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worn fingers and weary eyes, to join with Jonson in mourning and praising the great fellow-craftsman whom he knew, to watch with Pepys the coronation of the king or hear him piously thank God for the money won at gaming-these are things, it should seem, to arouse the most torpid imagination. If, from excursions of this nature, the student learns that good literature and interesting reading matter meet, that the one is not confined to exalted odes nor the other to current magazine fiction, a very real service will have been done by widening the scope of this volume.

It is obvious that in pursuing the study of such diverse material, no single method will suffice. Sometimes, as has already been hinted, reading is all that is necessary. But when a writer like Bacon, let us say, or Pope, writes with the deliberate purpose of instruction, his work must be studied with close application and may be analyzed until it yields its last shade of meaning. On the other hand, when Keats sings pathetically of the enduring beauty of art and the transient life of man, or when Browning chants some message of faith and cheer, a minutely analytical or skeptical attitude would be not only futile but fatal. And when the various purposes of instruction, inspiration, and æsthetic delight are combined in one work, as in the supreme example of Paradise Lost, the student who hopes to attain to anything like full comprehension must return to it with various methods. and in various moods. It is from considerations like these that the teacher must determine his course. One thing, however, cannot be too often repeated. The most successful teacher of literature is he who brings to it a lively sympathy springing from intimate knowledge, assured that method is of minor moment so long as there is the responsive spirit that evokes response.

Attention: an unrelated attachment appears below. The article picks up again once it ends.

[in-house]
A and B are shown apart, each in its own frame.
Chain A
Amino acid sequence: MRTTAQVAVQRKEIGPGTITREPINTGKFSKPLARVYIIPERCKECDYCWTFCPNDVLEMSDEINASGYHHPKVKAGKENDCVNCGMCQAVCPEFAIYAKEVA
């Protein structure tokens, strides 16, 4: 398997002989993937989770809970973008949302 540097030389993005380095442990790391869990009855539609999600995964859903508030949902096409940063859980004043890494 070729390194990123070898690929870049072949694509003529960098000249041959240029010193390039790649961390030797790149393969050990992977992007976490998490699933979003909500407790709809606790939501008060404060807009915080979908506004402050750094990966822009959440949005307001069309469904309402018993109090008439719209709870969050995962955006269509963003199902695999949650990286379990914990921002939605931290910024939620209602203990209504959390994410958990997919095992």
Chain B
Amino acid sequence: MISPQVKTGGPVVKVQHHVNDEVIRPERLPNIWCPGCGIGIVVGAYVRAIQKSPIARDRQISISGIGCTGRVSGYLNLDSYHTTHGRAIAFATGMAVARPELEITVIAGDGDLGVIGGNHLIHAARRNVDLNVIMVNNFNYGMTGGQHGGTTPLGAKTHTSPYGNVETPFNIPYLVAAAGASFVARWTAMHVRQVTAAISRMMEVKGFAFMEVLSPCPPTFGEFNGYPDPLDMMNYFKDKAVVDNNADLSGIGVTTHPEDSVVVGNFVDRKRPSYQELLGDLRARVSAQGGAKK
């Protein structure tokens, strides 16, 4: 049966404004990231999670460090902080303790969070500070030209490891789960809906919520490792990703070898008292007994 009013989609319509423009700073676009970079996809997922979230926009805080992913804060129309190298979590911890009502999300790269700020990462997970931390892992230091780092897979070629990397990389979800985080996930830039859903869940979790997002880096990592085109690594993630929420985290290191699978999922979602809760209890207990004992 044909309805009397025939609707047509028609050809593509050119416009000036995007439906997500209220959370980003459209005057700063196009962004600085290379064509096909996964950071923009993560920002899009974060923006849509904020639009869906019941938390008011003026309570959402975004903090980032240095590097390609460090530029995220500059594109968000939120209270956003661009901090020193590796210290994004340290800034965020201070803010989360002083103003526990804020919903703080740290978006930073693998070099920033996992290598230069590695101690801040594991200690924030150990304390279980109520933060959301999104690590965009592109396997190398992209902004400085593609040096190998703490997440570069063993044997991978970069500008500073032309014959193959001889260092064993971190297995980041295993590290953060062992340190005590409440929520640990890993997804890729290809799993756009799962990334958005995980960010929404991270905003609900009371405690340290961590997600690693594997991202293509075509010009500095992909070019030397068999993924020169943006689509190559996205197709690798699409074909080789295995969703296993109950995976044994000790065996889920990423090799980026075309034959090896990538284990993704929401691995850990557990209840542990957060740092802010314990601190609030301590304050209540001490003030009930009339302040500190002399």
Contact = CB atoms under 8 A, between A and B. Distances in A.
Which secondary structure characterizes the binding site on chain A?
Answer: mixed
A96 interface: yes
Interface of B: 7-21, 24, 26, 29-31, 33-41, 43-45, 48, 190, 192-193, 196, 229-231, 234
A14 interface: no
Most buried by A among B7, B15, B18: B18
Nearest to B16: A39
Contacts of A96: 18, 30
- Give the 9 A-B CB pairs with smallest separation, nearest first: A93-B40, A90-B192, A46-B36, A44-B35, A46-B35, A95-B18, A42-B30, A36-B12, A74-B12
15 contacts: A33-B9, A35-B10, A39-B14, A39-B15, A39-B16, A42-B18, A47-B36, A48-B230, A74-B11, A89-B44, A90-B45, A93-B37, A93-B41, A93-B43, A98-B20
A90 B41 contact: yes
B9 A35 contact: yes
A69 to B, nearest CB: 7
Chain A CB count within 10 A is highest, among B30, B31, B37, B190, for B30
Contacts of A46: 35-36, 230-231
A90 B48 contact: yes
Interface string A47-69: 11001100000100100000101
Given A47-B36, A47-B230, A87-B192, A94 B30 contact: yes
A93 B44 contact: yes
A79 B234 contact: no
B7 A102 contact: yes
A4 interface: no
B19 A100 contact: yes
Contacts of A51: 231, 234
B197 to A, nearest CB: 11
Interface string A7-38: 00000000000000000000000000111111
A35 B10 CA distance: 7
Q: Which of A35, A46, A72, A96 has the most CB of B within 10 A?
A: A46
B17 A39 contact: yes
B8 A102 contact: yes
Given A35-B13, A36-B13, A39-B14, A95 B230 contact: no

For ourselves, we would say that while we have divided the labor of preparing both copy and notes, there has been close coöperation at every stage of the work. We owe thanks for suggestions and encouragement to more friends than we may undertake to name. To Dr. Frederick Klaeber, in particular, of the University of Minnesota, we are indebted for advice upon the rendering of certain passages in Beowulf, and to Professor Lindsay Todd Damon, of Brown University, for a critical vigilance that has worked to the improvement of almost every page. By courtesy of The Macmillan Company the translations which represent Cynewulf have been reprinted from Mr. Stopford A. Brooke's History of Early English Literature; and by a similar courtesy on the part of Messrs. Charles Scribner's Sons, who hold copyrights in the works of Stevenson, we have been able to include the selections which close the volume.

A. G. N.
A. E. A.

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Lochinvar. From Marmion (1808).
Soldier, Rest! From The Lady of the
Lake (1810)
Coronach. From The Lady of the Lake
The Battle of Beal an' Duine. From The
Lady of the Lake (1810)
Jock of Hazeldean (1816).
Proud Maisie. From The Heart of Mid-
lothian (1818)
County Guy. From Quentin Durward

Bonny Dundee (written 1825).

Here's a Health to King Charles. From
Woodstock (1826)

LORD BYRON (1788-1824)

The Splendour Falls.
Tears, Idle Tears.

From In Memoriam (1850)

In the Valley of Cauteretz (1861)
In the Garden at Swainston


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